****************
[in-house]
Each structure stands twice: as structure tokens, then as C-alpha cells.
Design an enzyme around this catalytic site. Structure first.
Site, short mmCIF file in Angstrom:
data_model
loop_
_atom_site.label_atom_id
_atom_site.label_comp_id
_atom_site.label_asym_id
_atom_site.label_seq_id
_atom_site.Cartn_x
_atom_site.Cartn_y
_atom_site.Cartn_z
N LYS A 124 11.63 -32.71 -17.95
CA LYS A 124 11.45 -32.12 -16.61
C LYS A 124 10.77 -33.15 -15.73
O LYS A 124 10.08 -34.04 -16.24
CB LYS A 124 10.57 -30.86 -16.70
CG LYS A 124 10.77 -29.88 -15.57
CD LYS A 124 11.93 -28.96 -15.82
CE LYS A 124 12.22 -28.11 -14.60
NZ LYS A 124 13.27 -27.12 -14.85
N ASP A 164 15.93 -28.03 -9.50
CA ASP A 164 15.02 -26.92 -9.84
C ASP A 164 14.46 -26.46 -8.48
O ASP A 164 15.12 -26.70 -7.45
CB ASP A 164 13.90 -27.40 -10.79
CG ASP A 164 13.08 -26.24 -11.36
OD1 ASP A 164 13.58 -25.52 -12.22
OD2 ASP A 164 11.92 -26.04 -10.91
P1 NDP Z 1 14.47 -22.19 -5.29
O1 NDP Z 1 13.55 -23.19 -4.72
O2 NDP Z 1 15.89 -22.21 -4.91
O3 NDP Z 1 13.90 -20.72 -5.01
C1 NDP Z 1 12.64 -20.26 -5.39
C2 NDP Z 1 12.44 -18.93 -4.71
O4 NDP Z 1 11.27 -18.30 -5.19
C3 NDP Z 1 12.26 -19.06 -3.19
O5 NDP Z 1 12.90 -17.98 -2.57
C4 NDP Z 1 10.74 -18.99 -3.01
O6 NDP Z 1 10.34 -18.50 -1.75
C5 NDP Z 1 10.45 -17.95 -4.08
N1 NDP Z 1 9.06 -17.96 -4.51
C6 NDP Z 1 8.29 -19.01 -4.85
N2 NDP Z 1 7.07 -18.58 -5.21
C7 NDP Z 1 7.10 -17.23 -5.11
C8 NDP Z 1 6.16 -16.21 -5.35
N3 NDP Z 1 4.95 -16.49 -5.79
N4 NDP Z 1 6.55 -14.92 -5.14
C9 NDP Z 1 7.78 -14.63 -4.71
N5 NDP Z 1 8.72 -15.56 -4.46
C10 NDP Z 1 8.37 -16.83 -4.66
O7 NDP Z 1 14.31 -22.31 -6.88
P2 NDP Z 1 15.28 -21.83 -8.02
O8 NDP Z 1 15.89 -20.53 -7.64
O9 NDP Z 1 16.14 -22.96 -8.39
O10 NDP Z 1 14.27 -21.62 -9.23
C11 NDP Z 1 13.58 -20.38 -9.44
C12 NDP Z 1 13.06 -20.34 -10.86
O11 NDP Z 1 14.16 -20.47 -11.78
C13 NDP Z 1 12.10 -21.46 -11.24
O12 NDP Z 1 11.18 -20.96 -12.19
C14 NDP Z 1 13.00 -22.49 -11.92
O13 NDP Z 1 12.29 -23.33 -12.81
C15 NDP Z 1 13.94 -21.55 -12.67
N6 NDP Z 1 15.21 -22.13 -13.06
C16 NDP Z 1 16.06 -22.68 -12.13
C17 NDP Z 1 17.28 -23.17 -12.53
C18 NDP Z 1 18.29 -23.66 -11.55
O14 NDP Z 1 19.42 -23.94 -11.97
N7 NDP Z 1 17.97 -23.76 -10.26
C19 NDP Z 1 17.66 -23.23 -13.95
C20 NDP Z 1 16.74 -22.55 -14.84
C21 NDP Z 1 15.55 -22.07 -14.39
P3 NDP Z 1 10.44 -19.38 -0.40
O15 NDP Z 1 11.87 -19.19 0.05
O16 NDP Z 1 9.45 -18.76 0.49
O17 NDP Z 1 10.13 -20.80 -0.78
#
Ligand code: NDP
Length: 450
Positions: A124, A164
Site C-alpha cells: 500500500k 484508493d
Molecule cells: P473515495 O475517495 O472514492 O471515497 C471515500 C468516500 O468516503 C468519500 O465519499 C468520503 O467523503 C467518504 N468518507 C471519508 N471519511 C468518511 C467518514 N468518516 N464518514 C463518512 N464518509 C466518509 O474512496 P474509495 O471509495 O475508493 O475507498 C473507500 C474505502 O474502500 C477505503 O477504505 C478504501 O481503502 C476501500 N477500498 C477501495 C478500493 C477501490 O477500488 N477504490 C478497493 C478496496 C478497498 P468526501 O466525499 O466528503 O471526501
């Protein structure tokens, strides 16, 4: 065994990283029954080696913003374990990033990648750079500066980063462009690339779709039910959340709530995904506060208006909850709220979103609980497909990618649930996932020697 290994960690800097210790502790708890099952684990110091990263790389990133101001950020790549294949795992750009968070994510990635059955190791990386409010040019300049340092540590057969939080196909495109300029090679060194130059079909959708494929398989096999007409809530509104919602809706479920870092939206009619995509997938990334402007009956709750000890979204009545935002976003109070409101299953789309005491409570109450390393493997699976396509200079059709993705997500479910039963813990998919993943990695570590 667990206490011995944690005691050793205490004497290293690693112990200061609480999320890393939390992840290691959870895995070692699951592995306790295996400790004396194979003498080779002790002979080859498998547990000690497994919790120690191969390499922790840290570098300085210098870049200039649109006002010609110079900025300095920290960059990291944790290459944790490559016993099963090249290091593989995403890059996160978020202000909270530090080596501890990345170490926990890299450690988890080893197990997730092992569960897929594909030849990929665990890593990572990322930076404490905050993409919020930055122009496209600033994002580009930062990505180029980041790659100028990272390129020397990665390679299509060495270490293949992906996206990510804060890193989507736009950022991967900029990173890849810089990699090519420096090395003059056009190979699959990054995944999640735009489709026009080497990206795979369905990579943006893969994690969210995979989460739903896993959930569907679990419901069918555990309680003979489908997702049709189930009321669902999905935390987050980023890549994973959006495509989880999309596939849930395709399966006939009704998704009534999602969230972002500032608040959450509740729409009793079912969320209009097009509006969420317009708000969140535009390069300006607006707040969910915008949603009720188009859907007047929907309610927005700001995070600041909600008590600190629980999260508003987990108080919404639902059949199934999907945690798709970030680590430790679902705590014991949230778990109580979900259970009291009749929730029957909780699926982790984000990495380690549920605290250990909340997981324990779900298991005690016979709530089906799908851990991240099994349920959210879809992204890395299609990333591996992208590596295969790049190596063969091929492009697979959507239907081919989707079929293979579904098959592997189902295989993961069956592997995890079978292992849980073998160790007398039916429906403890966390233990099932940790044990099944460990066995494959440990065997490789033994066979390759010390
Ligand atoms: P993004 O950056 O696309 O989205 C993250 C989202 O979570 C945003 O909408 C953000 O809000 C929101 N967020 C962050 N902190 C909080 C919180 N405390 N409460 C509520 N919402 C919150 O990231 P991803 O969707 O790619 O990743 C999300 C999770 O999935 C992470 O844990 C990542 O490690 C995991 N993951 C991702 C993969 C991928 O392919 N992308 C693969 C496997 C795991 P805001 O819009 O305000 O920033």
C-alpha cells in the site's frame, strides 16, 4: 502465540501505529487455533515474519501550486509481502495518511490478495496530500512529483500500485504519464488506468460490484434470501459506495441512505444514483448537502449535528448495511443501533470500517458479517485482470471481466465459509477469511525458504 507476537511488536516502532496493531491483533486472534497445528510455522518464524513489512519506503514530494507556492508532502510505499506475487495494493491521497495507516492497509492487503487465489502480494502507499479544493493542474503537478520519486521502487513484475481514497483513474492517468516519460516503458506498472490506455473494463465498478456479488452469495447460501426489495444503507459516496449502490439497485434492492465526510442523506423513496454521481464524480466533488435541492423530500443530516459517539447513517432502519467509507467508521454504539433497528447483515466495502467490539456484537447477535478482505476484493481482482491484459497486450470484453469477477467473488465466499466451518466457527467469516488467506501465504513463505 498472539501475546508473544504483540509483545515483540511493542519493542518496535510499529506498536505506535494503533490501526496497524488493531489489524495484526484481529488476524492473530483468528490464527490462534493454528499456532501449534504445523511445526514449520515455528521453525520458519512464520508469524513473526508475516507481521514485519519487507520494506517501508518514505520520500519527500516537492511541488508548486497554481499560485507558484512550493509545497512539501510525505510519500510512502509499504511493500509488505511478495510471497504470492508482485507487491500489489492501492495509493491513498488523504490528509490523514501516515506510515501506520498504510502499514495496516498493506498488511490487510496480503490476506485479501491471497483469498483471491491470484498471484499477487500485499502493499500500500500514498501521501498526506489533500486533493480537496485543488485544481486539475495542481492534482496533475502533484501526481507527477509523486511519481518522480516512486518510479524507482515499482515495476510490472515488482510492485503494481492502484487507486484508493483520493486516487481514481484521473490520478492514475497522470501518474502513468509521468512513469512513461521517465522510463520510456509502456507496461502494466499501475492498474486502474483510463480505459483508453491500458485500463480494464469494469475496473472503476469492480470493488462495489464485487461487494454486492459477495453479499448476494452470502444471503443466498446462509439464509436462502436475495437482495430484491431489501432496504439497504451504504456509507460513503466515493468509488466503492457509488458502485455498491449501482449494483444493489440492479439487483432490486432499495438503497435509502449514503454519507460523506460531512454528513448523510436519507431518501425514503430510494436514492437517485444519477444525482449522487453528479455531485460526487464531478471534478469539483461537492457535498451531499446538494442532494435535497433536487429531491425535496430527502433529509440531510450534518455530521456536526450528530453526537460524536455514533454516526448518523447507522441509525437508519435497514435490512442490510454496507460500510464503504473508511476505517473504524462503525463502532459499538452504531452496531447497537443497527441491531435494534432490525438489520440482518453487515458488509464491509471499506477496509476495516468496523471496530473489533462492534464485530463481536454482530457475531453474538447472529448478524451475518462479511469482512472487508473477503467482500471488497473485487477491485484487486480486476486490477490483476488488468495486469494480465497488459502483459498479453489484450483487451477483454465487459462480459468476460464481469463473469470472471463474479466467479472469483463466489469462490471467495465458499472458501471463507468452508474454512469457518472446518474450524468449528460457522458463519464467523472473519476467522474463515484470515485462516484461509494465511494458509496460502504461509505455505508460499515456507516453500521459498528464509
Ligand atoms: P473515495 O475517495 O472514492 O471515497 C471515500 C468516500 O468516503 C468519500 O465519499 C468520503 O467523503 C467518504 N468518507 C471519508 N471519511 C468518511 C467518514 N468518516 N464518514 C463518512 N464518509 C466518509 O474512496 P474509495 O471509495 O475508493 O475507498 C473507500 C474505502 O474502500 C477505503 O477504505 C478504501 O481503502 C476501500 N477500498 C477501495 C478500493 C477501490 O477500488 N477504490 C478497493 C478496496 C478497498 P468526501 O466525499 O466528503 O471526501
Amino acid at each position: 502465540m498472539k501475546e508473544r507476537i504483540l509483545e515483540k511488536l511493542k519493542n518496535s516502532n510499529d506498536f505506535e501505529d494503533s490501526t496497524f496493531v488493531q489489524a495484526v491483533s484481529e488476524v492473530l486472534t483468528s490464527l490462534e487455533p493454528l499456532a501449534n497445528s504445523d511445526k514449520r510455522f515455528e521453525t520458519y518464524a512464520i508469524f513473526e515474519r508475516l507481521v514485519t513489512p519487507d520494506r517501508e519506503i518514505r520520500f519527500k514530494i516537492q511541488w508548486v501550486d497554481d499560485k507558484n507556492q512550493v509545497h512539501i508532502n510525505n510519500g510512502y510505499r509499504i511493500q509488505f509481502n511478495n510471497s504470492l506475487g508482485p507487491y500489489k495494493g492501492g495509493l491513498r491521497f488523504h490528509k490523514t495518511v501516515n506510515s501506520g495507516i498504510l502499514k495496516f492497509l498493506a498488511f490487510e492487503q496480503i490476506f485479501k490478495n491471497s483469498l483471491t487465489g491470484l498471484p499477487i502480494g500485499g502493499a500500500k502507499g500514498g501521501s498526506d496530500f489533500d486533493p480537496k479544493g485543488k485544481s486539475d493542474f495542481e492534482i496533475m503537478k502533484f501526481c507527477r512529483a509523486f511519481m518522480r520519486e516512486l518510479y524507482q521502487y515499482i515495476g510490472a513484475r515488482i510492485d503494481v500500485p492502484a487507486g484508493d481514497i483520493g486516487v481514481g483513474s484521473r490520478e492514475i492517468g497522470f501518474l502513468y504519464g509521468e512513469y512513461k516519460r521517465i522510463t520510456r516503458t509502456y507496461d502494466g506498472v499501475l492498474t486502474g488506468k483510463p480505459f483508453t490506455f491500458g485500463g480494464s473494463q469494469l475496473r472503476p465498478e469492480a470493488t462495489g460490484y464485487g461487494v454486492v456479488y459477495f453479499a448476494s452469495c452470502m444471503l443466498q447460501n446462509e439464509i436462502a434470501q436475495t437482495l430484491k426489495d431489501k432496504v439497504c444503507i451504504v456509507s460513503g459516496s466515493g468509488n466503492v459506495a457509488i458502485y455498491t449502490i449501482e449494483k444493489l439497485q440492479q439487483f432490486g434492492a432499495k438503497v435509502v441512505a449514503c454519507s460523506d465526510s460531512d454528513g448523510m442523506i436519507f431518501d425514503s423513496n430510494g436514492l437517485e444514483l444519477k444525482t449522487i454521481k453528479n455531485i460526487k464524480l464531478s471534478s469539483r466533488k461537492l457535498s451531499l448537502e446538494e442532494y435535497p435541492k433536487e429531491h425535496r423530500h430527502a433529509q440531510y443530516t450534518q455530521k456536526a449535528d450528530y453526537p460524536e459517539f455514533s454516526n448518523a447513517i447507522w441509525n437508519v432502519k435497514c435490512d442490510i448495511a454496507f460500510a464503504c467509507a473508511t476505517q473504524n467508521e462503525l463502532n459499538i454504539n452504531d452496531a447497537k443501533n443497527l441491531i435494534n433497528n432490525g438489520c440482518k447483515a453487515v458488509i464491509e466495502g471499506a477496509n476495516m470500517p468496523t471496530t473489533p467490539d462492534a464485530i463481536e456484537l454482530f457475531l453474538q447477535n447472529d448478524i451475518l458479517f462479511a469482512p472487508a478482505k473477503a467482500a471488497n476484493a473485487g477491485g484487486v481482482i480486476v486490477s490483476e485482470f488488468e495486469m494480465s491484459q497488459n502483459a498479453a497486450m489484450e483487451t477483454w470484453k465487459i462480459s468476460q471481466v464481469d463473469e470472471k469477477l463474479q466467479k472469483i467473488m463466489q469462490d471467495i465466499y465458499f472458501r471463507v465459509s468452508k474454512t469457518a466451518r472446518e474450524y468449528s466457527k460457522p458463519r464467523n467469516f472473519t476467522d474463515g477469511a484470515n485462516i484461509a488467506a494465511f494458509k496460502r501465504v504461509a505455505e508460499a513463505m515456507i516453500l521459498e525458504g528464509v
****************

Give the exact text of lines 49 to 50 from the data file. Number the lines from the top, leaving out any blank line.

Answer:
N4 NDP Z 1 6.55 -14.92 -5.14
C9 NDP Z 1 7.78 -14.63 -4.71